Its 61-vessel Chao Phraya Express Boat service became profitable in the mid-1980s when it gained popularity after congestion soared on Bangkok's notoriously crowded roads. But CEO Supapan Pichaironarongsongkram is cautious about both electrification and expansion. "We are not pioneers and we can't afford mistakes," she said.

So far, only one electric boat service is operating on the eastern side of the river, where Khlong Padung Krung Kasem -- an arm of Krungthep Thanakom and owned by the Bangkok Metropolitan Authority -- introduced two electric vessels in July to complement its six diesel-powered boats that have been in service since 2018.

A highlight for visitors to Bangkok is a boat trip along the Chao Phraya River. The vessels, an important means of transportation for locals, are still diesel-powered.   © VWPics via AP Images

"The move to EV is to fight pollution in the city," said Thathatip Sommani, Krungthep Thanakom's development manager. "The policy is that in the future, everything must be EV for all mass transit, including boats and buses."

However, the city government's operations may serve largely to underline the higher costs and operating difficulties posed by electric services. Its boats use German-made motors costing $98,000, including a set of 12 batteries. This compares with $9,500 for a diesel engine.

The electric boats also need to be charged for two hours for every two hours of service and travel at about 10 kph -- a third as fast as diesel boats -- taking 30 minutes to transit the 5 km canal.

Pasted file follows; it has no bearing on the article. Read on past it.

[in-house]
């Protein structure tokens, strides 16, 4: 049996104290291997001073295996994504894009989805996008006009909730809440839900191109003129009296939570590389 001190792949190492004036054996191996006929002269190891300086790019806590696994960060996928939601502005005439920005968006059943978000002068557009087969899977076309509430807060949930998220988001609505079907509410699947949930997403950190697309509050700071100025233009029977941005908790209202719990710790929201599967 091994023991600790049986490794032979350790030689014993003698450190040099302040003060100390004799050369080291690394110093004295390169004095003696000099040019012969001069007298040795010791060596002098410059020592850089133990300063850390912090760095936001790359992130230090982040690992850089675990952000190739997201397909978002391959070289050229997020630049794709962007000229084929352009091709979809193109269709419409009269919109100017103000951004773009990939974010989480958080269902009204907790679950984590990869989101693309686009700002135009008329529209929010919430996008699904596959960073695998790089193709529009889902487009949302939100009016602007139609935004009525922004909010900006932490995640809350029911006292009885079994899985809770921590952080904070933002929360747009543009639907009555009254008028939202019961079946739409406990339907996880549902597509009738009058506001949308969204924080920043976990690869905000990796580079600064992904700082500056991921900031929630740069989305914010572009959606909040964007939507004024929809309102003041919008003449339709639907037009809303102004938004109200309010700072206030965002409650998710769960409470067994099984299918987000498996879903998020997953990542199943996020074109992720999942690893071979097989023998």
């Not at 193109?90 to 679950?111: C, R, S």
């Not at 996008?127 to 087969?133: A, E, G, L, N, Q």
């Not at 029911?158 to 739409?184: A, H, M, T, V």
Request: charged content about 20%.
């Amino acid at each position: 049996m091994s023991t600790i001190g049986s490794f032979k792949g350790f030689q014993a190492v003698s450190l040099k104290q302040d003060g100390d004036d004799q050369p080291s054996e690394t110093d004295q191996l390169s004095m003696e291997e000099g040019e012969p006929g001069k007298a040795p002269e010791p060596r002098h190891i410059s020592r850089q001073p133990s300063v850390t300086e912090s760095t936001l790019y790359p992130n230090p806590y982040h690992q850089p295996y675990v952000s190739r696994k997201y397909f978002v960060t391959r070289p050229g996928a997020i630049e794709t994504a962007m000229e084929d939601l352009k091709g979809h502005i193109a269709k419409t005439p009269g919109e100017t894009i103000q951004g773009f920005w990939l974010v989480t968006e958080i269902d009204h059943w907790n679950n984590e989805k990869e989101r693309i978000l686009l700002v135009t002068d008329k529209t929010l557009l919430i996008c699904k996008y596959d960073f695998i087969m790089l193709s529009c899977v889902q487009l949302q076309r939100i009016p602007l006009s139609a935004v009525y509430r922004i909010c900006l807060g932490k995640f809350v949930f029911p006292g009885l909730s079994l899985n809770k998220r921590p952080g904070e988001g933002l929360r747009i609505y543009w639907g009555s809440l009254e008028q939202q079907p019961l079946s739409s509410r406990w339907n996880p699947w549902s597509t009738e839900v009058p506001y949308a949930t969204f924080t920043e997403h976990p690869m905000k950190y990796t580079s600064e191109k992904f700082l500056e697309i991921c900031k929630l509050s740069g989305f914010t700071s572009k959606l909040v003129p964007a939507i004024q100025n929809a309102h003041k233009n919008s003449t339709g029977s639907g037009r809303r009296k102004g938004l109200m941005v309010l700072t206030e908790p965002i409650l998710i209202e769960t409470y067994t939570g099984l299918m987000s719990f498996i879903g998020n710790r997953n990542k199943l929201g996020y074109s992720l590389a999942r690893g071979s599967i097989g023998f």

Family Transport Company said the speed problem was a prime reason for its current lack of interest in electrics.

Its diesel-powered express vessels on the Saen Saep canal travel at 30 kph, stopping at 27 piers. They are packed at peak travel times and handle about 60,000 passengers a day. "I'm still not convinced with EV boats," said CEO Chaovalit Metthayapraphat. "In my business, I'm selling time. Passengers use my service because it's fast."

Chaovalit will start switching to aluminum vessels next year, which could eventually lead to the use of electric engines, he noted.

These problems suggest that if Bangkok wants eco-friendly water traffic, the country may need to follow the lead of the European Union, which has set a deadline for reduced carbon dioxide emissions from cars and boats by 2030. Such a deadline would force operators to make the switch to electric power and remove the price advantage of diesel engines.

The city may also need to help operators maximize revenues by dropping its policy of keeping fares low for economically disadvantaged passengers, said Hunter at Danfoss Thailand. That would make it easier to recoup the higher investment costs of electric fleets.

So far, however, the prospects of a sympathetic government remain uncertain. "We are hoping to get government help," said Somphote. "However, we can't rely on something we can't control."